REVENTADOR, Ecuador — The dam sits under the glare of an active volcano, with columns of ash spewing toward the sky.
Officials had warned against the dam for decades. Geologists said an earthquake could wipe it away.
The massive crop circle discovered within the past fortnight in the State of Washington, located in the US Pacific Northwest, is a “last warning” as our world is soon to undergo a series of unprecedented cataclysms that may possibly bring our planet to brink of total destruction.
Scientists have issued a chilling warning concerning an enormous tear in the Earth’s crust, located in the Banda Sea, which they believe could set off a wave of cataclysmic earthquakes and volcanic eruptions across the infamous Pacific Ring of Fire. SCIENTISTS DISCOVER A HUGE TEAR IN THE EARTH’S CRUST. The tear is described as measuring approximately 60,000 square kilometers and is around 7 kilometers deep, making it around the same size as the Australian island of Tanzania. Scientists claim that the tear was caused by a process called subduction which involves the movement of one tectonic plate beneath another. This causes one tectonic plate to move downwards and become submerged in the magma underneath the Earth’s crust. This tear would be a cause for concern in and of itself, but scientists are particularly worried because the Banda Sea lies with the Pacific Ring of Fire, the most active seismic area in the entire world. The frequent earthquakes that occur within proximity to the tear could lead to incredibly violent tremors that could affect the entire enormous region that lies on the infamous fault line. In recent years, this region has experienced a phenomenal upsurge in seismic activity. More than a hundred people were killed, and 84,000 people were left homeless following a quake measuring 6.5 on the Richter scale in western Indonesia earlier this month. This catastrophic event came hot on the heels of a powerful earthquake in the disaster prone area of Fukushima in November and Australia recently experienced its largest earthquake in decades. It is feared that factors relating to the Earth’s magnetic poles and the enormous tear in the Banda Sea could only intensify the frequency of incidents such as these. The probability of the intensity of natural disasters in such a vast area of the world is already deeply concerning, but this is only part of the problem. Another major cause for concern is the presence of nuclear power stations along fault lines. The tsunami that struck the Fukushima-Daiichi power plant may well give scientists, engineers and policy makers an example of what might be to come if the region experiences more frequent and unprecedentedly intense earthquakes. The plant at Fukushima was not built to withstand an earthquake measuring more than 7.9 on the Richter scale and was floored by the quake that struck the area which measured 9.0. The plant has still not been properly repaired and international researchers are convinced that the damaged equipment is haemorrhaging radioactive waste into the Pacific Ocean. Californians have particular cause to worry about the eventually of irreparable nuclear disasters caused by natural disasters. The state has two nuclear reactors lying in the danger zone San Onofre and Diablo Canyon, both of which were built to withstand much weaker earthquakes than Fukushima.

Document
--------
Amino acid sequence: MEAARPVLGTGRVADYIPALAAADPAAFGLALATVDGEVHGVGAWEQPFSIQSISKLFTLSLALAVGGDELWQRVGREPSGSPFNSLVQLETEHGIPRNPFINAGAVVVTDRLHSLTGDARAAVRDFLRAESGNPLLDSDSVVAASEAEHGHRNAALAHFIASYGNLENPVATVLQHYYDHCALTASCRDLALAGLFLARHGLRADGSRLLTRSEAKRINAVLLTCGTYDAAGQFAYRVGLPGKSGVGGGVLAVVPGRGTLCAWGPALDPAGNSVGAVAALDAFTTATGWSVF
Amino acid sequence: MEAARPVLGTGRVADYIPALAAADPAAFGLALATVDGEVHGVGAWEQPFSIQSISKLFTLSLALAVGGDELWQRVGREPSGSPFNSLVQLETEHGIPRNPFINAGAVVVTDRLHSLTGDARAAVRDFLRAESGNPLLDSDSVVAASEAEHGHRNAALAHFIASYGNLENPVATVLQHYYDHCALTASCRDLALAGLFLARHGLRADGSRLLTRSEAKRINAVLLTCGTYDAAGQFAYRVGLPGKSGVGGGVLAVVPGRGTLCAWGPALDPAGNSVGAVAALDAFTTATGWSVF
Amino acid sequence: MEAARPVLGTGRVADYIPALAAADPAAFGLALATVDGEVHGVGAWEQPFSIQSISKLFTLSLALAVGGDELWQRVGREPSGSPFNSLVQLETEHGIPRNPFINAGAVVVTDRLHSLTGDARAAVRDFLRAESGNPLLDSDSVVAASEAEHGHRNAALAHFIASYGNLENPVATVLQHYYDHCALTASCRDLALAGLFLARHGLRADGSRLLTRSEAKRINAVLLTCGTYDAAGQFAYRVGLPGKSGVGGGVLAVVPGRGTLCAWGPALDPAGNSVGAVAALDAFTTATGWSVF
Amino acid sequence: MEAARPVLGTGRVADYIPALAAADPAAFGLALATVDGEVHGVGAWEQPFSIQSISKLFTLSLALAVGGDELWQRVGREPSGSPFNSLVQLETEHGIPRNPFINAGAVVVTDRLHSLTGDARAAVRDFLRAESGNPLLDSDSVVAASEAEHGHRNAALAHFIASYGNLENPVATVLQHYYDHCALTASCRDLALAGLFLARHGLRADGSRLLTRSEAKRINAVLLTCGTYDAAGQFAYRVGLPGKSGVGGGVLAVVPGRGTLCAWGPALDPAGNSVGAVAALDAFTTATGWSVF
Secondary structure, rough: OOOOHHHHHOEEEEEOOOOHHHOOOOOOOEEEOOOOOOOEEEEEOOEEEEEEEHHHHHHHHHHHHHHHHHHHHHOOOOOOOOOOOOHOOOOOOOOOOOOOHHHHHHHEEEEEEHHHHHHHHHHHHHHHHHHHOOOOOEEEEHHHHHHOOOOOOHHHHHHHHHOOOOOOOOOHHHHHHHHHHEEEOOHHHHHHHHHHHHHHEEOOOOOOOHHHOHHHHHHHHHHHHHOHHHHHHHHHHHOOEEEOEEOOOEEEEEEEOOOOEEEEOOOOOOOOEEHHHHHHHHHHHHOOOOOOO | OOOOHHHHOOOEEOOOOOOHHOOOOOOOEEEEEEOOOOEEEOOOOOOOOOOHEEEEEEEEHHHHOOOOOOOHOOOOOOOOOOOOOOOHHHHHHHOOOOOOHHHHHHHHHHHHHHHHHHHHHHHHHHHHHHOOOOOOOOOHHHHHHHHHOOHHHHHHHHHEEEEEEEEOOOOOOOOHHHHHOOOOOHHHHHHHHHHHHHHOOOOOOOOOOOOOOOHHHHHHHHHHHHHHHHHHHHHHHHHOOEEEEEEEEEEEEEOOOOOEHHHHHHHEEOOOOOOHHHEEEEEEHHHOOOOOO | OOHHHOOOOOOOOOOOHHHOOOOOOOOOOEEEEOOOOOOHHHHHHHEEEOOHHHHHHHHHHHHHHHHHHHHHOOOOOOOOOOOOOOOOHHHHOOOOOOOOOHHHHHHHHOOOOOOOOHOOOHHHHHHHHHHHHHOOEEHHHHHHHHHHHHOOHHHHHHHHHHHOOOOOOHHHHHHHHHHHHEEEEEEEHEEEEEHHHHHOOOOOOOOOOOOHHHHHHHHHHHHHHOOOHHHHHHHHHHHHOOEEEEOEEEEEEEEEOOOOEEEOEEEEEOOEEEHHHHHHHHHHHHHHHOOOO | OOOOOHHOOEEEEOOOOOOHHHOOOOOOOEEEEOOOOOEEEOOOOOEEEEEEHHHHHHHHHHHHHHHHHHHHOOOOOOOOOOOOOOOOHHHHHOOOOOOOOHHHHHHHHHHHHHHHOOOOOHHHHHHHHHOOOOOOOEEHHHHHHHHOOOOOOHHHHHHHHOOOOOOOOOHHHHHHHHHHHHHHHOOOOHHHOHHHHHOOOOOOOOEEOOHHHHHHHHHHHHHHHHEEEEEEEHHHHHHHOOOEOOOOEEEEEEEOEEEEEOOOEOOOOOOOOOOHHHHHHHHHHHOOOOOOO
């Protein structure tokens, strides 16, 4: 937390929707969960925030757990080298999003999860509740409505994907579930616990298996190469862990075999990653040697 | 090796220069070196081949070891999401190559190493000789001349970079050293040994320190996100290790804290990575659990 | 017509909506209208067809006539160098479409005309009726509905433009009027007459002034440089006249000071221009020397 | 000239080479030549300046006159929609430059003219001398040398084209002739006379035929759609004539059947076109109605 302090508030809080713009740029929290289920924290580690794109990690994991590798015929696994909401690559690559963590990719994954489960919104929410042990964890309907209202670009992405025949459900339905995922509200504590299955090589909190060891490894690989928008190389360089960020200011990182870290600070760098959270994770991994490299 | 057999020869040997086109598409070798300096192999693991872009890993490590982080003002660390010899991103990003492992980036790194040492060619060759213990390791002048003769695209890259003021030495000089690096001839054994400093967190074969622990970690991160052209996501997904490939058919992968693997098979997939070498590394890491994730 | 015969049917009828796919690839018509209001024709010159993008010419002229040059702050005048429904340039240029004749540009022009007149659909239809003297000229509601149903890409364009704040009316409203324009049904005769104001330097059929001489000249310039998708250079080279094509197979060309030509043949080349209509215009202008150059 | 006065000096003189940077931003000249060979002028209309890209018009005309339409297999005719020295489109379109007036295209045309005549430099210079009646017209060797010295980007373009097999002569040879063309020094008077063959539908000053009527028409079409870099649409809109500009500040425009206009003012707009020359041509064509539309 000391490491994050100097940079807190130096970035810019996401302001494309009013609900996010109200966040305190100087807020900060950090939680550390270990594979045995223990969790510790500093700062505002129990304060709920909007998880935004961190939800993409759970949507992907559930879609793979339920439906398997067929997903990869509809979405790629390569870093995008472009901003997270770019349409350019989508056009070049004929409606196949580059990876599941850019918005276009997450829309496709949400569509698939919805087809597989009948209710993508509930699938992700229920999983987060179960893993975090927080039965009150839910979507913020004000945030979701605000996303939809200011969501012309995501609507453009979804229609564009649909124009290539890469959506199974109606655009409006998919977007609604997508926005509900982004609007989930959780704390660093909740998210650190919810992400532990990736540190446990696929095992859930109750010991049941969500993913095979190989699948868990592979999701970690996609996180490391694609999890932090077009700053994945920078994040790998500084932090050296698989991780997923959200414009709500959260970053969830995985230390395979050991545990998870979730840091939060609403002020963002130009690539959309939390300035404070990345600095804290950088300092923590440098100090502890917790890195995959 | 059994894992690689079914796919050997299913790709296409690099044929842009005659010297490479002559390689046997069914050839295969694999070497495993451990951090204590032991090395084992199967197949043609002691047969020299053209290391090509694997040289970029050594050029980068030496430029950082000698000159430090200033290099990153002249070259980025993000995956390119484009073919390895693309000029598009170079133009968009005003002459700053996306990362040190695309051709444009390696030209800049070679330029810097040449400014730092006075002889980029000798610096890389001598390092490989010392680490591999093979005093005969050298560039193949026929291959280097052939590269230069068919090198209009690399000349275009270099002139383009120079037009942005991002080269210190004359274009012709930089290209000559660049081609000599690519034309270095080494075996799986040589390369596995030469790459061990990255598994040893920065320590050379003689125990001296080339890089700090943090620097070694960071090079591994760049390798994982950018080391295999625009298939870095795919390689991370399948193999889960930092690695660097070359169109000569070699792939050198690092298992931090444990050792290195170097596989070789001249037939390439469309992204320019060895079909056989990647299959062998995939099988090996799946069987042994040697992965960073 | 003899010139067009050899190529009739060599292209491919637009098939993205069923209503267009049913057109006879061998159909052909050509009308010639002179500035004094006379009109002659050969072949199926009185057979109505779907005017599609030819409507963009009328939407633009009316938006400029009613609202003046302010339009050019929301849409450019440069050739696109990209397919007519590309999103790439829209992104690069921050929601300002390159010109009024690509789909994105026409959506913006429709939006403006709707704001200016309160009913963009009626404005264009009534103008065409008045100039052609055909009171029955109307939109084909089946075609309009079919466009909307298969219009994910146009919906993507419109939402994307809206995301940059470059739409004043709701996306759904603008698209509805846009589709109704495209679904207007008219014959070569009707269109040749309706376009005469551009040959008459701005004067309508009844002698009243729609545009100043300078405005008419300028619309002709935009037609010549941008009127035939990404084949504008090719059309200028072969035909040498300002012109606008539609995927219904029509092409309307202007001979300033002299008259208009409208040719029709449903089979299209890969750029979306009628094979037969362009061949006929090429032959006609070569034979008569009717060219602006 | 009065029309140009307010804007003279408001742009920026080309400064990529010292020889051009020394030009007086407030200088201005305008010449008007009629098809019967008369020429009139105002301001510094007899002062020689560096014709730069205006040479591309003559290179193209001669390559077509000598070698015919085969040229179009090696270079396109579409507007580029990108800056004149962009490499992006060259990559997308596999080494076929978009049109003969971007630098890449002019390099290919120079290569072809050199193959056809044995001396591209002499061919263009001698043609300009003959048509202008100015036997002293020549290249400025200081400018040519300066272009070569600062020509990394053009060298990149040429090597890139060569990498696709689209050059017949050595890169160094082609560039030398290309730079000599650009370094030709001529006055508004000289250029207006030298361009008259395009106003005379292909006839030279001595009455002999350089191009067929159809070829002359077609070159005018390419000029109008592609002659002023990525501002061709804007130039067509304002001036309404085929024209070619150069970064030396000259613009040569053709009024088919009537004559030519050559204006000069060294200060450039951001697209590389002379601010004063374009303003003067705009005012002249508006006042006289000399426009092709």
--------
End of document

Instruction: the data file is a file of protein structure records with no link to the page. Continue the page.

An amazing (but nearly 90% censored) Foreign Intelligence Service (SVR) report circulating in the Kremlin today states that the Antarctica “guardians” swiftly retaliated against the United States this past week by “creating/unleashing” a massive earthquake after the Obama regime sent “without invitation or permission” its Secretary of State John Kerry to initiate contact with them in the “barrier zone” that’s forbidden by all “known protocols” in dealing with these “entities”.
The world is still vulnerable to a potentially catastrophic asteroid strike, according to President Barack Obama’s chief science adviser.
NASA has made substantial progress in finding the asteroids that pose the biggest threat to Earth, but there’s still a lot of work to do, said John Holdren, director of the White House’s Office of Science and Technology Policy.
“We are not fully prepared, but we are on a trajectory to get much more so,” Holdren said today (Sept. 14) at NASA’s Goddard Space Flight Center, during a discussion of the agency’s planned Asteroid Redirect Mission (ARM). [Images: Potentially Dangerous Asteroids]
Holdren cited the February 2013 meteor explosion over the Russian city of Chelyabinsk and the 1908 Tunguska air-burst as reasons to take the asteroid threat seriously.